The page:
5 Famous Portuguese Poets You Need to Know

5 renowned Portuguese poets you must know

Typewriter. Photo by @julesea?source: unsplash

Portuguese literature offers us a wealth of precious talents. But how many of those poets do you really know?

Here is a list of five renowned Portuguese poets you must know whenever you are a fan of poetry or only want to know more about the Portuguese culture.

1. Fernando Pessoa

Fernando Pessoa (1888-1935) was one of the most important poets of the Portugal and a central figure in Portuguese Modernism. Lyrical and nationalist poet cultivated a poetry focused on the traditional themes of Portugal and his nostalgic lyricism, which expresses reflections on his “deep self”, his worries, his loneliness and his boredom.

Fernando Pessoa was several poets at the same time, so he created heteronyms – poets with their own personalities who wrote his poetry.

Fernando Pessoa | Flickr
Fernando Pessoa. Copy free image.

Your Eyes Go Sad

Your eyes go sad. You’re not
Listening to what I say.
They doze, dream, fade out.
Not listening. I talk away.

I tell what I’ve told, out of listless
Sadness, so often before …
I think you never listened,
So you’re away you are.

All of a sudden, an absent
Stare, you look at me, still
Immeasurably distant,
You begin a smile.

I go on talking. You
Go on listening – your own
Thoughts you listen to,
The smile as good as gone,

Until, through the loafing
Afternoon’s waste of while,
The silence self-unleafing
Of your useless smile.

– Fernando Pessoa

  1. Florbela Espanca

Florbela Espanca (1894-1930) was a Portuguese poet, author of sonnets and important tales in Portuguese literature. She was one of the first feminists in Portugal.
Her poetry is known for a peculiar style, with a strong emotional content, where suffering, loneliness, and disenchantment are combined with the desire to be happy.
Évora | "Florbela Espanca" by José da Fonseca | jaime.silva | Flickr
“Florbela Espanca” by José da Fonseca Image by jaime.silva on Flickr
To Love

I want to love, love with abandon!
To love for love’s sake: here, there,
this one, that one, another, and everyone.
To make love, to be in love, and to love no one.

To remember? To Forget? Makes no difference.
To hold on or let go? Neither bad nor good.
But to say you can love one your entire life,
is a lie.

There is one Spring in each life:
You must sing it like Spring, floridly,
For if God gave us voice, it was to sing!

And if one day I must be dust, ashes, and nothing
let my night be a dawn,
let me know how to lose myself . . . to find myself . . .

Florbela Espanca, “Amar”, Charneca em Flor.

3. Sophia de Mello Breyner Andresen

Sophia de Mello Breyner Andresen was one of the most important Portuguese poets of the 20th century. She was the first Portuguese woman to receive the most important literary award in the Portuguese language, the Camões Prize, in 1999.
Parque dos Poetas (Sophia de Mello Breyner Andresen), | Flickr
Sophia de Mello Breyner Andresen statue. Image by Pedro Ribeiro Simoes
This is the perfect hour

This is the perfect hour when a hush descends

On our muted human murmurings

And inside us finally there speaks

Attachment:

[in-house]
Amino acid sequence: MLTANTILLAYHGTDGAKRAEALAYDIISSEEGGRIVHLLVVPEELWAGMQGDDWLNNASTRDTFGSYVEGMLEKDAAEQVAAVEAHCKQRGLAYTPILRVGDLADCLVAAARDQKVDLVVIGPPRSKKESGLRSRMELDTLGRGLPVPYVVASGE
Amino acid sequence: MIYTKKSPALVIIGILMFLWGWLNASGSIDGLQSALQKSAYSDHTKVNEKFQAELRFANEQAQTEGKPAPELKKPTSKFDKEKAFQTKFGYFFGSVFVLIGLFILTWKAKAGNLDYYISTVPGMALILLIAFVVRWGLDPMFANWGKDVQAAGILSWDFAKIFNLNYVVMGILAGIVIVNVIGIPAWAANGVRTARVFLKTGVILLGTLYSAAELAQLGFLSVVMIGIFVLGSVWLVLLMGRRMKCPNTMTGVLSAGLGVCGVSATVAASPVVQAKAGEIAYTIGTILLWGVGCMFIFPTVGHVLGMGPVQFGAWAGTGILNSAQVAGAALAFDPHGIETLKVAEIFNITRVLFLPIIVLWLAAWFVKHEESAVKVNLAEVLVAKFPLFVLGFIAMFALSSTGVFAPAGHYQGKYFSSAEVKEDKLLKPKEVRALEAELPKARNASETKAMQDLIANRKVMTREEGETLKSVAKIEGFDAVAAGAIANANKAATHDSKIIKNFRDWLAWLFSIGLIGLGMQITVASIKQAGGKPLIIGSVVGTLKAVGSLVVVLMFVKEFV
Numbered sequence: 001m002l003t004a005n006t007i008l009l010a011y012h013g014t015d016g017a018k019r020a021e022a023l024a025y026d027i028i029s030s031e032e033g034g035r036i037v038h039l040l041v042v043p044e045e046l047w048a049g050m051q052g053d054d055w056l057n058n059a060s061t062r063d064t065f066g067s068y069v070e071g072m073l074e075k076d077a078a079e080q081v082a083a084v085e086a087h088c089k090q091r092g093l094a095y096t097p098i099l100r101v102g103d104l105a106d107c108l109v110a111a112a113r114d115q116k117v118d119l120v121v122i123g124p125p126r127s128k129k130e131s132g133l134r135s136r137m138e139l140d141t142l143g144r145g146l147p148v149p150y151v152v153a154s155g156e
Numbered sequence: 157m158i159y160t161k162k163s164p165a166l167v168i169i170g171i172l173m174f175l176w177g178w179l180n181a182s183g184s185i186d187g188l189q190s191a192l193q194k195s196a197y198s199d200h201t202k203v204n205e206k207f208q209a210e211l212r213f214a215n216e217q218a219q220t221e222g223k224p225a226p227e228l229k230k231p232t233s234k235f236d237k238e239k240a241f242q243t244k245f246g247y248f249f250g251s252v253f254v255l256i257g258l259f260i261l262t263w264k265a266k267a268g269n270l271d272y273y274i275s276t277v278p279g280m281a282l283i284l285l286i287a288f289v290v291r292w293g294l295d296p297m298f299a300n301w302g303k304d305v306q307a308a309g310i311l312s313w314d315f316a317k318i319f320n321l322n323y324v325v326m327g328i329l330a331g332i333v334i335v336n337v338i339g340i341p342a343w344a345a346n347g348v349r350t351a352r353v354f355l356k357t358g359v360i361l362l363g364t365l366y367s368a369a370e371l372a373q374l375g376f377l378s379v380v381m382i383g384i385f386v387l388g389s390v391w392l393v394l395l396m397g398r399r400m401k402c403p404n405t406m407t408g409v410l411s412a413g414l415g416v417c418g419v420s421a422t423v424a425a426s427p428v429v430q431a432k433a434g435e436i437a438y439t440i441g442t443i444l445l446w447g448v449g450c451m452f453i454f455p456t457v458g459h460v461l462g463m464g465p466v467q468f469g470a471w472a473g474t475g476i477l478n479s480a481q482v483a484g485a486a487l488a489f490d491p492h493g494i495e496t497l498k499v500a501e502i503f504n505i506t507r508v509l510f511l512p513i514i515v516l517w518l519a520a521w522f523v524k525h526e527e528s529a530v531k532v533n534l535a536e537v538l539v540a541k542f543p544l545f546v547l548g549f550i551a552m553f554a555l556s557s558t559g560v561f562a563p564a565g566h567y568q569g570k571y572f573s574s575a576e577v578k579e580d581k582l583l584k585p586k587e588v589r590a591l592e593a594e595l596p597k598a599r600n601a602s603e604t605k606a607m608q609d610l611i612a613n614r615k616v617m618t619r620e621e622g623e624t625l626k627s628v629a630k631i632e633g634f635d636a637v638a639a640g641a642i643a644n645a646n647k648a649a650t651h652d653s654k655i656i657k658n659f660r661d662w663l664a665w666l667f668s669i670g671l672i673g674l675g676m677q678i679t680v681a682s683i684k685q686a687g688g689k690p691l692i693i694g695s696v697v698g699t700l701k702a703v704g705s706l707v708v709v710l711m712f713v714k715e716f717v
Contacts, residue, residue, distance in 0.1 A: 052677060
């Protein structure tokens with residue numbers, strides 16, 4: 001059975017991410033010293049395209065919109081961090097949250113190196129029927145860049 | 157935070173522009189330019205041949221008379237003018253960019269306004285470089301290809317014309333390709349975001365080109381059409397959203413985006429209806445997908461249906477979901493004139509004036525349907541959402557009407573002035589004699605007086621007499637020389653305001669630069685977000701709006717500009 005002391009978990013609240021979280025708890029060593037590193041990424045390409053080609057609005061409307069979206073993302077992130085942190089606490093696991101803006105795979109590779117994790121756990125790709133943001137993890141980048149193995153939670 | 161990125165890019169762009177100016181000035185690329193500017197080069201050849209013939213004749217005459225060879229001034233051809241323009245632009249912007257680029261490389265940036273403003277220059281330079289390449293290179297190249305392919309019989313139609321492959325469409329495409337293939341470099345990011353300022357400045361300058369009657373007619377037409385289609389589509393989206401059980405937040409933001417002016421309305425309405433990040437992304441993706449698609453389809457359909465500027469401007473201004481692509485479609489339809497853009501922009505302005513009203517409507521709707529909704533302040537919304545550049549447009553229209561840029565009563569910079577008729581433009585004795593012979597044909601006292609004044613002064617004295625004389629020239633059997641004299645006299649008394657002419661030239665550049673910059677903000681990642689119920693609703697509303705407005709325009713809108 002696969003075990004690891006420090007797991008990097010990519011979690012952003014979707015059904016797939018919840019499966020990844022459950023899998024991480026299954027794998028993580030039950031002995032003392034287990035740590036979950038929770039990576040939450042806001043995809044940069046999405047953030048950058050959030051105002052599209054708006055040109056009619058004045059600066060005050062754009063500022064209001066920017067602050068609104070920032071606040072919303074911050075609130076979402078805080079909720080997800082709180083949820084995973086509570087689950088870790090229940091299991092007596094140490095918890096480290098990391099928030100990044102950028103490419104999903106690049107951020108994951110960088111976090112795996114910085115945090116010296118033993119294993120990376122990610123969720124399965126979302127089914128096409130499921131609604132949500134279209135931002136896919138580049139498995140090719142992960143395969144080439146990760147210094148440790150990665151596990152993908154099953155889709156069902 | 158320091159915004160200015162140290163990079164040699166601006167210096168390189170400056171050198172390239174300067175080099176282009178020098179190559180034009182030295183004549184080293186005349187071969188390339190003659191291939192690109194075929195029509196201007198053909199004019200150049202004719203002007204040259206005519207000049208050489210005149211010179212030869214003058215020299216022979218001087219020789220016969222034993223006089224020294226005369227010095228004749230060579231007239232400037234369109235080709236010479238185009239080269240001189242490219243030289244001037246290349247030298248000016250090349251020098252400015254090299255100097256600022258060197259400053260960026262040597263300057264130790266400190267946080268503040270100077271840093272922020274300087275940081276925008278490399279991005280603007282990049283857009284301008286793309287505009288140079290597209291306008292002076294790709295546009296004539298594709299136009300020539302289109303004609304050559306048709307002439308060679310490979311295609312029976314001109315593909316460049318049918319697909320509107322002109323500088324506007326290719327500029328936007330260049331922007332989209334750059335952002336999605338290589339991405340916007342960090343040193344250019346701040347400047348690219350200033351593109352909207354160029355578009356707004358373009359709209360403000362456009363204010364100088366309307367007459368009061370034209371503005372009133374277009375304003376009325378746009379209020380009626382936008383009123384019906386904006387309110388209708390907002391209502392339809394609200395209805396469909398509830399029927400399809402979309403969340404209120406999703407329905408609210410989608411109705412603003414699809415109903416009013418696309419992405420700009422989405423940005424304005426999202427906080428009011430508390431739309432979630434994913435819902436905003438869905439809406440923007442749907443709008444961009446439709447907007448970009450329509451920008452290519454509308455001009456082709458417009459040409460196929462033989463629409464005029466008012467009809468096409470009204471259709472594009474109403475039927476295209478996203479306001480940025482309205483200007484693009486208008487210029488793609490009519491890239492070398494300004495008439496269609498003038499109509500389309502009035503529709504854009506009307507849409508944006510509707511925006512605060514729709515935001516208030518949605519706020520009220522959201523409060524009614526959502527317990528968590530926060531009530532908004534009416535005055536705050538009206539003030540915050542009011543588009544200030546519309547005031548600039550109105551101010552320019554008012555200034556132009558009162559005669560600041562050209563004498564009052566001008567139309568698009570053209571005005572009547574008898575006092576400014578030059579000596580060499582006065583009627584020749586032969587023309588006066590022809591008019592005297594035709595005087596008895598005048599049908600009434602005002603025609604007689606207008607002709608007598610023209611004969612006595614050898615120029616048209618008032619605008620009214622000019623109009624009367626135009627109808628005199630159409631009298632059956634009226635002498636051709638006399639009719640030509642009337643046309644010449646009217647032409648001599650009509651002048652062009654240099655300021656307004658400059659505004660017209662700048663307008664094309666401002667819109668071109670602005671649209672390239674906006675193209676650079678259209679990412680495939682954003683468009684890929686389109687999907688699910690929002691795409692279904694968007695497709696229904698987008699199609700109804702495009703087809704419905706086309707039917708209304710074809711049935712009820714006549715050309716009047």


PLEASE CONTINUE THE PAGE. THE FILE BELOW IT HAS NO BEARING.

The grave voice of indolent dreams.

This is the hour when roses are the roses

That flowered in the Persian gardens

Where Saadi and Hafiz saw and loved them.

This is the hour of the mysterious voices

Chosen and summoned by my desires.

This is the hour of the long conversations

Held between leaf and leaf.

This is the hour when time is abolished

And I do not even know my own face.

- Sophia de Mello Breyner Andresen

4. Luís Vaz de Camões

Luís Vaz de Camões is considered one of the most important authors of Portuguese literature. He was born in the year 1524, in the city of Lisbon. Much of what is known about his life is nothing more than speculation. However, scholars say he was a soldier, lost an eye in Morocco, and lived for a few years in India, Macau and Mozambique.
The author, who died in 1580, wrote Os Lusíadas, an epic poetry book of Portuguese classicism. Thus, it is possible to observe, in the writer’s works, the following characteristics of this literary school: regular verses, idealized love and woman, and references to Greco-Latin references.
Luís Vaz de Camões
Luís Vaz de Camões. Image of José Sousa Caldas.
Waters of gentle Tagus, calmly flowing
Through these green fields ye freshen as ye flow,
On flocks and herds, plants, flowers, all things that grow,
On shepherds and on nymphs delight bestowing;
I know not, ah! sweet streams, despair of knowing
When I shall come again; for as I go,
And ponder why, ye fill me with such woe,
That in my heart a deep distrust is growing.
The Fates have e'en decreed this sad adieu,
Aiming to change my joys into despair,
This sad adieu that weighs upon my years:
Of them complaining, yearning after you,
With sighs I shall invade some distant air,
And trouble other waters with my tears.

- Luís Vaz de Camões 

5. Miguel Torga

Miguel Torga, pseudonym of Adolfo Correia da Rocha, was one of the most influential Portuguese poets and writers of the 20th century. He stood out as a poet, short story writer and memorialist, but he also wrote novels, plays and essays.
Miguel Torga - Wikimedia Commons
Miguel Torga. Image from Wikimedia Commons.

Trample down my verses, dissatisfied Muse!

Not even one deserves you.

They are but bitter fruit no one wishes to


They lack ingenuity, and the sun ripening

That which is born well.

Spit out in disgust and anger

At every image which disfigures you.

Negate this impure rhyme

Brought along through hearsay.

Report these counted syllables,

The digital trace of an escapee

Leaving in his flight his fingerprints.

And cut off at once the wings you offered me.

You summoned me to fly;

But my whole body was in denial

Of that celestial impetus.

- Miguel Torga, from Penas do Purgatório (1954)